Now that the feds are officially investigating former Mayor Ray Nagin, the most popular water cooler conversation starter in town is guessing when he'll be indicted and on what counts. The Times-Picayune outlined three potential problem areas for Nagin, to which I would add a fourth. And that covers just what's in the public domain.
In its first story about the grand jury investigation, the T-P noted that the feds are looking into "three parallel tracks" against Nagin, who campaigned as a crusading reformer in 2002. According to the newspaper, one track involves city tech vendors who provided Nagin with luxury travel and home maintenance; another concerns the Nagin family's countertop business and its exclusive deal with Home Depot; and a third involves suspicions that the countertop biz got free equipment and materials from city vendors.
Add to that list the City Hall email scandal. Computer records of Nagin's schedule and emails disappeared — right after WWL-TV asked for them in a public records request. It is a federal crime to tamper with public computers, and if the tampering is done to conceal a crime, we're talking obstruction of justice.
The stink of corruption was already on Nagin even before he left office. The feds indicted former city tech chief Greg Meffert while Nagin was still mayor. Meffert ultimately pleaded guilty to conspiracy and tax fraud. He has yet to be sentenced, but he did testify against his old partner, former City Hall vendor Mark St. Pierre, who got 17-and-a-half years after the feds nailed him on 53 counts of bribery, conspiracy and wire fraud. Another former City Hall tech chief, Anthony Jones, pleaded guilty to bribery and has been cooperating with the feds.
Then there's Aaron Bennett, who admitted to the T-P that he wanted to give "something of value" (I love it when perps quote the criminal statutes) to Nagin to get in on the post-Katrina contracting bonanza. Bennett, who has pleaded guilty to bribery, reportedly lined up Nagin's free trip to the Saints-Bears playoff game in 2007 — and introduced Nagin to Frank Fradella, who faces federal charges in Texas.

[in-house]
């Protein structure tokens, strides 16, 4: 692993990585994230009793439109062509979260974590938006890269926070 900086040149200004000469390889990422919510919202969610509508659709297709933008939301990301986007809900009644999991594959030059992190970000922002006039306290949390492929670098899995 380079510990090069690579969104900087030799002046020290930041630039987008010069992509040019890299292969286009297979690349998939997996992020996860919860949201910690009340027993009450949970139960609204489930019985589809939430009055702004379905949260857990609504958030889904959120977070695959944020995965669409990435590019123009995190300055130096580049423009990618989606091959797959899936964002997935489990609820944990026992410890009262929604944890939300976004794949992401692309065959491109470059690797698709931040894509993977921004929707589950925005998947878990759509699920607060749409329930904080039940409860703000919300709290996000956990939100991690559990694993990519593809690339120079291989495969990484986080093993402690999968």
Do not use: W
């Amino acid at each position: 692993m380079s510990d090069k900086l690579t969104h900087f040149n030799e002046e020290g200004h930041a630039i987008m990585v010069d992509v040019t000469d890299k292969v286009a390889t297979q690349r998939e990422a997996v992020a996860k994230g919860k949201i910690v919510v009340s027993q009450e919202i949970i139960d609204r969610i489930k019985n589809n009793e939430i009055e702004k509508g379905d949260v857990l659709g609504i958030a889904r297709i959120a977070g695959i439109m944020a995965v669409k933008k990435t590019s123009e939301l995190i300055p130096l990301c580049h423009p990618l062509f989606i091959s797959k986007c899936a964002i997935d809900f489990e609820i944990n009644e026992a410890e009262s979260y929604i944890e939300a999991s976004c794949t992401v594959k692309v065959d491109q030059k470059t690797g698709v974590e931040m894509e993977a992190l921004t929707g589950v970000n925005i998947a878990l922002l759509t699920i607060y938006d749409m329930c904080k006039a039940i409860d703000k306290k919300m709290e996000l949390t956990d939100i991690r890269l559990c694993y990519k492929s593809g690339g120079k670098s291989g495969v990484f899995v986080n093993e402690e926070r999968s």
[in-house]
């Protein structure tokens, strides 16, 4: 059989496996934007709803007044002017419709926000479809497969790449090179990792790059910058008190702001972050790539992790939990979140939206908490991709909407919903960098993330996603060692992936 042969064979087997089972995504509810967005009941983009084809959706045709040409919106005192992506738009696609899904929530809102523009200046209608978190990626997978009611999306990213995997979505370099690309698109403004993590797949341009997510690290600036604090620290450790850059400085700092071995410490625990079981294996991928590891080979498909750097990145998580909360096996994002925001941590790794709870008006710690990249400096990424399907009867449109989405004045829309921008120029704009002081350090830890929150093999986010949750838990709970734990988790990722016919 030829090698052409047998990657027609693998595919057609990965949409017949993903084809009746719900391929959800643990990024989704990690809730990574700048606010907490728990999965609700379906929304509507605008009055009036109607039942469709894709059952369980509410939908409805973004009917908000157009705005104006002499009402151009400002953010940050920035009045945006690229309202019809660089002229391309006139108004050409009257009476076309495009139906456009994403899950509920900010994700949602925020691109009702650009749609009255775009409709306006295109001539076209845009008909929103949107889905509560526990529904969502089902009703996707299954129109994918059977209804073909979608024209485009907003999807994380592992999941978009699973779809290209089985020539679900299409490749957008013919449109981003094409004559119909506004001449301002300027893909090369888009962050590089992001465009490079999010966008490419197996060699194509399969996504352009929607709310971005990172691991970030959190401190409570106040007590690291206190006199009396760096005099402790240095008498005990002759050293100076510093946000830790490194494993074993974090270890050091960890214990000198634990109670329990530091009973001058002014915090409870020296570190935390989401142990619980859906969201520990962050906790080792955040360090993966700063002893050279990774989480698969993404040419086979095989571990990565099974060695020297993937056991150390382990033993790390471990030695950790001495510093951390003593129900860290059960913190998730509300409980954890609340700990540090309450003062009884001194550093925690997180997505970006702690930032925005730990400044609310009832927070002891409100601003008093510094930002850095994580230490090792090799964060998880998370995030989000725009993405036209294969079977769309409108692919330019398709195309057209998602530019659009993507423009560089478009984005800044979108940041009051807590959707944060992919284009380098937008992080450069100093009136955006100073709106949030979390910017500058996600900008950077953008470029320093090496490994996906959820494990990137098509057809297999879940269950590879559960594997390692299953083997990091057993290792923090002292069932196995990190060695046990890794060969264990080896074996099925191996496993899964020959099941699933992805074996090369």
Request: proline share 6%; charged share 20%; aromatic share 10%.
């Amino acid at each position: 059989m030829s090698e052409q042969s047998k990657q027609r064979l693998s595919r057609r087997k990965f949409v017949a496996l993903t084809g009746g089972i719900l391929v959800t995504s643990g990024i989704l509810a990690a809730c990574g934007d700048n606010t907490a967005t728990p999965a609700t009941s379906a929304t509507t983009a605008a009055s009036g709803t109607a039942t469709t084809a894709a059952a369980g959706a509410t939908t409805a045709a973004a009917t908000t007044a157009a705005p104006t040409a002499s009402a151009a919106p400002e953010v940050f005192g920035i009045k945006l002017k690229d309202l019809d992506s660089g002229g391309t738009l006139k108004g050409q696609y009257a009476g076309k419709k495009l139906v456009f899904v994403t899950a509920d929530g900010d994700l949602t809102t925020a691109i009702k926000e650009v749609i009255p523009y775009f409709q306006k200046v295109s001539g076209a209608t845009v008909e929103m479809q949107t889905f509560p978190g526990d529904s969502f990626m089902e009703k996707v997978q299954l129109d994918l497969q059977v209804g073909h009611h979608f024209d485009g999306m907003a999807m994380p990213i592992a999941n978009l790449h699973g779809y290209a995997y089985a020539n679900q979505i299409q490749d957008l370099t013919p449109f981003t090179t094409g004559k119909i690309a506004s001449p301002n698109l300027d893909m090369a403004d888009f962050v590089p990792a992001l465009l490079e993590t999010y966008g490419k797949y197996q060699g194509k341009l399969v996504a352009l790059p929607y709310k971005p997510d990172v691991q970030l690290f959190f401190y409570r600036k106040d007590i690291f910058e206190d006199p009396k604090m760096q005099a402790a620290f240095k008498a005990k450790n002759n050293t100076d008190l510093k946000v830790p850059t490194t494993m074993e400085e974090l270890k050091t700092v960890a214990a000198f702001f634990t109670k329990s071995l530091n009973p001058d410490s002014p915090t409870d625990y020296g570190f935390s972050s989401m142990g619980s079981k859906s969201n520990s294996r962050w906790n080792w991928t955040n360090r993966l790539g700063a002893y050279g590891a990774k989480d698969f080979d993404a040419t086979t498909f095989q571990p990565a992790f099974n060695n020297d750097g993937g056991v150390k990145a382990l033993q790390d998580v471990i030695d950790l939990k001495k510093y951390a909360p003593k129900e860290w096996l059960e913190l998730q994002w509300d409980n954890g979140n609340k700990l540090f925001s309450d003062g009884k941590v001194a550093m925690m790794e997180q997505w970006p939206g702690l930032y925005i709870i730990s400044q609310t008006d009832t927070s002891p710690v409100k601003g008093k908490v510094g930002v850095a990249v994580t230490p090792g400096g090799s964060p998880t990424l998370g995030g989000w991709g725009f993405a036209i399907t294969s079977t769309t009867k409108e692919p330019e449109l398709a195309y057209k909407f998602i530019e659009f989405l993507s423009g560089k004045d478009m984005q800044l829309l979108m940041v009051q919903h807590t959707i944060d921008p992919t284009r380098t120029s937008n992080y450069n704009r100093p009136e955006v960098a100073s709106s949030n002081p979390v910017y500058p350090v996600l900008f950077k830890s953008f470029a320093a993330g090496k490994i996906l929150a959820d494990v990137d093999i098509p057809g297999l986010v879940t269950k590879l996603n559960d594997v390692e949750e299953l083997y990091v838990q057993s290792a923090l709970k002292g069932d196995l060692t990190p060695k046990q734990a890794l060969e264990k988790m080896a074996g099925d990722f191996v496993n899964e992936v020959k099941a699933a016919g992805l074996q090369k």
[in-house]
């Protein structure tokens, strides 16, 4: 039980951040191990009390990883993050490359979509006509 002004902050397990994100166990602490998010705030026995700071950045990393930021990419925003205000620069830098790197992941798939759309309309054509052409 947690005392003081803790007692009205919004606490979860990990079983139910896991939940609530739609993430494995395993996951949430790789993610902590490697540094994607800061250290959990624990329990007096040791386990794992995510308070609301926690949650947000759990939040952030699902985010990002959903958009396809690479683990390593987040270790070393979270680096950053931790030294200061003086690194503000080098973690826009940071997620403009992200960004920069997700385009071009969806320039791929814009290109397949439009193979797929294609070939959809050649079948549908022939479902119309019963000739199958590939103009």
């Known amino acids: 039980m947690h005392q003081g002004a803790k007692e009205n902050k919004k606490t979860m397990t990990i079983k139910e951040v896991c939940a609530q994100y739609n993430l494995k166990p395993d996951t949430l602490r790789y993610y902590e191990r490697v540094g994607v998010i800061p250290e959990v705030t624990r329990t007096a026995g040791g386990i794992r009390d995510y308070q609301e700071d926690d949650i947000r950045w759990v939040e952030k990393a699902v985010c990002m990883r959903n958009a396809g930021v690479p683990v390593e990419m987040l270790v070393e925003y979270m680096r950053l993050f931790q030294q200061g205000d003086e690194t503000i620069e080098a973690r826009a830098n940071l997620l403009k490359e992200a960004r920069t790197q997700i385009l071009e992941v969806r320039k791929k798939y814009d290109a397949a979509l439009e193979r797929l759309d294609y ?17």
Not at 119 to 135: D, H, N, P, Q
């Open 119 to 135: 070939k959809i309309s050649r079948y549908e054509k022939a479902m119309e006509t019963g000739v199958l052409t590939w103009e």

If Fradella pleads, he'll cooperate as well. He and Bennett would join Meffert, Jones and possibly others on a growing list of choirboys.
Who might those others be? Lee Zurik reported last week that the feds are looking at former Assistant City Attorney Bob Ellis, who has ties to Bennett's company Benetech. And let's not forget St. Pierre. Considering his long sentence, St. Pierre has lots of reasons to talk — and, under federal law, only a year from his Sept. 1, 2011, sentencing date to get anything in return. Tick, tock.
Speaking of time, when should we expect an indictment — if ever? The feds are nothing if not methodical, especially in high-profile political corruption cases. That suggests we won't see an indictment any time soon. On the other hand, if the statute of limitations is an issue (it won't be if racketeering is alleged), things could come together quickly.
For his part, Nagin has responded to news of the grand jury with his hallmark blend of arrogance and insouciance. He told WWL-TV this was just a rehash of old ethics allegations and that the feds are encouraging witnesses to change their stories. Meffert testified in the St. Pierre trial that Nagin didn't know who paid for their infamous Hawaiian vacation. It will be interesting to see if Meffert sticks to that story — and if St. Pierre, who paid for the trip, has a different version.
Meanwhile, we should all give props to blogger Jason B. Berry of American Zombie (theamericanzombie.blogspot.com), who first unearthed the Meffert/St. Pierre scandal. Berry's reporting was miles ahead of everybody else — including, until recently, the feds.